The policy and society feasibility project is looking at identifying and developing realistic strategies, policies and practices for local public food procurement localisation and local sustainable development.

This is being achieved by literature review and additional primary investigation to gather more detailed evidence through interviews and interaction with key stakeholders and academic partners at e.g. workshops. See the workshop report for the Local Food Processing and Supply: Challenges and Opportunitiesworkshop,  that was held in Birmingham on 19th April.

The following areas will be investigated:

  • Estimation of the scale of local authority and overall public food procurement relative to overall food demand
  • Analysis of the effects of local authority led initiatives (in the UK and international) in shaping food demand and supply and its further localisation
  • Analysis of the nature and extent of (demand side) barriers and potentials of local authority procurement localisation for sustainable local development
  • Analysis of local supply side barriers and potentials
  • Identification of measures to connect localised public purchasing with the stimulation and expansion of local food supply chains
  • Summary of analysis opportunities and potential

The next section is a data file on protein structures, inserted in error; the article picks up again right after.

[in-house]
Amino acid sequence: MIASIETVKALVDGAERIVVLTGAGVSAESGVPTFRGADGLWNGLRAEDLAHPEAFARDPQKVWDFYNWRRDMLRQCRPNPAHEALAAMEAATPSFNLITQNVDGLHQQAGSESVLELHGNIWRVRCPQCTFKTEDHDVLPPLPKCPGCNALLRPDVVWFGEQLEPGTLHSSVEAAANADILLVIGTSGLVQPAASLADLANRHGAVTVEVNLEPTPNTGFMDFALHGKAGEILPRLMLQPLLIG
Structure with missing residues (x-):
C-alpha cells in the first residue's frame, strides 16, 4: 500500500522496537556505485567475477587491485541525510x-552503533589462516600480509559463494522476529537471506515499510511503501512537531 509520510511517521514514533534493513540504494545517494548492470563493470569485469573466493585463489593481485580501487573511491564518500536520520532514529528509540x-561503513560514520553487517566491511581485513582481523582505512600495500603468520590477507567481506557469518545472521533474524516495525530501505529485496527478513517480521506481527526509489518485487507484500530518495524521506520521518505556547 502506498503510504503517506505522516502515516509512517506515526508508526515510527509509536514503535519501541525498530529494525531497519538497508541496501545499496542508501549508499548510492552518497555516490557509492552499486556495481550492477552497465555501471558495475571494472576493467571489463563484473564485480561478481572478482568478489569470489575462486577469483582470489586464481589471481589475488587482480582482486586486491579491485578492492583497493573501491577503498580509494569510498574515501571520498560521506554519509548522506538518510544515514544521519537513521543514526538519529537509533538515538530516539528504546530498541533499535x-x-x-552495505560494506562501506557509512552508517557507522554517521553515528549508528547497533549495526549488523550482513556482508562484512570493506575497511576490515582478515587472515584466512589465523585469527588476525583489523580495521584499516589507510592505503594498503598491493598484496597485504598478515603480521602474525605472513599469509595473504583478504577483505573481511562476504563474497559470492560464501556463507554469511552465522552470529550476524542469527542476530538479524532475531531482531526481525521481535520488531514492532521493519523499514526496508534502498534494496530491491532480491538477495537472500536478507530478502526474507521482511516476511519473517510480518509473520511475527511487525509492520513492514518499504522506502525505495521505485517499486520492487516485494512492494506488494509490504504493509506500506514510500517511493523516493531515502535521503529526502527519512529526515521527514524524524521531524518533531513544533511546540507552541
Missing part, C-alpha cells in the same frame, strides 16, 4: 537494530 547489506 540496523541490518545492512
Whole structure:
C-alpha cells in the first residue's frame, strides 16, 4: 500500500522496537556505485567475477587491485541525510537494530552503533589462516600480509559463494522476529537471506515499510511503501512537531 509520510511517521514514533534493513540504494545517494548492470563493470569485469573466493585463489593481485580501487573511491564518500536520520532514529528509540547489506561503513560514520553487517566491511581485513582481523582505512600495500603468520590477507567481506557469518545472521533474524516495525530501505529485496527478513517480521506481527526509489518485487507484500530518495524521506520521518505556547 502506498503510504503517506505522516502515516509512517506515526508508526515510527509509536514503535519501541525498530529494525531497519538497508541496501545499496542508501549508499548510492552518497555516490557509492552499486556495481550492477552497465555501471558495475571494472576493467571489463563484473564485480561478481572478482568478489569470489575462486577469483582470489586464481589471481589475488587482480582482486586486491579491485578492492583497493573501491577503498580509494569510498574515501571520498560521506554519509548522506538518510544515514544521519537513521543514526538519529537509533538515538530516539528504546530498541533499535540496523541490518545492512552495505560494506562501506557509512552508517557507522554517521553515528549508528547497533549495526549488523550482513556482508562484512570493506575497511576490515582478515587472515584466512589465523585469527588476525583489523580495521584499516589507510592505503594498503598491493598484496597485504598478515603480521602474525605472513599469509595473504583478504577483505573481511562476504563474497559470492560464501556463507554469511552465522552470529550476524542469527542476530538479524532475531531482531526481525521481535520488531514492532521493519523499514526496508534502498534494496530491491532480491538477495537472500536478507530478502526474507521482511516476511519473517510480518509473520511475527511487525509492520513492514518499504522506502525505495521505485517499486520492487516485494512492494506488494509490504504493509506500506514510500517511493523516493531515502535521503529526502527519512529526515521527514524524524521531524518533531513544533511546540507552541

• Description of the public procurement strategies and practices of selected actors in the case studies of Oxford and Northstowe
  • Estimation of the scale and form of public food procurement which is under the direct control of Oxford and Northstowe and in particular relation to food products (e.g.bread, tomato paste and chicken)
  • Development of strategies, policies and practices relevant to the different contexts of Oxford and Northstowe
  • Highlight potential lessons from localised public food procurement for energy and water systems

 

 

the public sector spends about £2.4bn per annum procuring food and catering services, which represents approximately 5.5% of UK food service sector sales. This money is spent feeding people in our schools, hospitals, armed forces, central and local government, government agencies, prisons and courts, and significantly affects their health, wellbeing, and habits…The public sector is estimated to spend about £0.6bn on imported produce”. (Source: ‘A plan for public procurement ‘report, DEFRA)